• Last updated on November 11, 2022

The Supreme Court held that prosecutors cannot use peremptory challenges to exclude African Americans from juries in criminal trials.

Justice Anthony M. KennedyKennedy, Anthony M.;Powers v. Ohio[Powers v. Ohio] wrote the opinion for the 7-2 majority, holding that prosecutors cannot attempt to pack the jury with jurors racially satisfactory to themselves by using peremptory challenges in jury selection in criminal cases. Kennedy held that this was true even if the accused and the excluded juror were of the same race. The past practice of allowing the use of peremptory challenges affected not only the defendant’s right to a fair trial but also the excluded juror’s right to participate in the administration of justice. The defendant further was entitled to raise the excluded juror’s right at trial. Dissenting, Justice Antonin Scalia argued that this decision was illogical, freeing a guilty defendant based on the fact that some other person’s abstract right to participate in the judicial process was denied.African Americans;juries[juries]African Americans;juries[juries]Discrimination, race;Powers v. Ohio[Powers v. Ohio]Jury composition and size;Powers v. Ohio[Powers v. Ohio]African Americans;juries[juries]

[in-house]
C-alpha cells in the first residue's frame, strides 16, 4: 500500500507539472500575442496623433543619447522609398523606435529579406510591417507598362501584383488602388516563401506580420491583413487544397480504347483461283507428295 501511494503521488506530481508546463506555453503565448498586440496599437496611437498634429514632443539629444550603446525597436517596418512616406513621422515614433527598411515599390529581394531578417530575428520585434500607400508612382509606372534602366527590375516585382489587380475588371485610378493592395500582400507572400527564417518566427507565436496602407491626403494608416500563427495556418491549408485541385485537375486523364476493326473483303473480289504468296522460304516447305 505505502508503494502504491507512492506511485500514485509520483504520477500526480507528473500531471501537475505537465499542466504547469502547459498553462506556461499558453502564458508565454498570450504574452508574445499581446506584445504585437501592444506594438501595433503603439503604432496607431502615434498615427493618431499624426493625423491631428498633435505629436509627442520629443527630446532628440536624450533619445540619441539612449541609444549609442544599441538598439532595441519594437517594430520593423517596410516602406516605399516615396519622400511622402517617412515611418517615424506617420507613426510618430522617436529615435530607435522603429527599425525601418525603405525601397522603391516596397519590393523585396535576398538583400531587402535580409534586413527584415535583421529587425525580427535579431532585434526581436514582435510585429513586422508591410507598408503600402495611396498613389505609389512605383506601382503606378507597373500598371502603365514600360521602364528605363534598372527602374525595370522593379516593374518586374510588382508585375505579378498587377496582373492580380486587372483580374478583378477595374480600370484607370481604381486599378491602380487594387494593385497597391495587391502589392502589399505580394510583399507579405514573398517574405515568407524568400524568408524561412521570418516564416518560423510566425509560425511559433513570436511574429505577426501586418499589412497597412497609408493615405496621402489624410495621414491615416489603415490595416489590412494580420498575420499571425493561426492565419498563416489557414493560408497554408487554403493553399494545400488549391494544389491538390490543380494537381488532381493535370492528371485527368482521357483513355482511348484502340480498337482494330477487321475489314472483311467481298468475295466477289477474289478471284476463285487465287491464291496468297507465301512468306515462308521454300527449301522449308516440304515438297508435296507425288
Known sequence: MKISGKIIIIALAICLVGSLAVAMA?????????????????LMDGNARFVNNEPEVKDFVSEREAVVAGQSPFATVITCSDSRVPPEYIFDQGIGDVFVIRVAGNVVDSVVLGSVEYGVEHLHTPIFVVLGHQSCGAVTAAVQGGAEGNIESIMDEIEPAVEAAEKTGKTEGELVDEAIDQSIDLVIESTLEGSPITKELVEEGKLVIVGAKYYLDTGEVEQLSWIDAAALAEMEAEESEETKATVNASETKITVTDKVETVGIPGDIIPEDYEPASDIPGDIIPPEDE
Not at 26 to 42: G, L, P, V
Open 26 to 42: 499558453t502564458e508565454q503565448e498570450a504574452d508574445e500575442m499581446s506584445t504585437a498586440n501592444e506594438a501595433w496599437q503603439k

Due process, procedural

Jury, trial by

Jury composition and size

Race and discrimination

Categories: History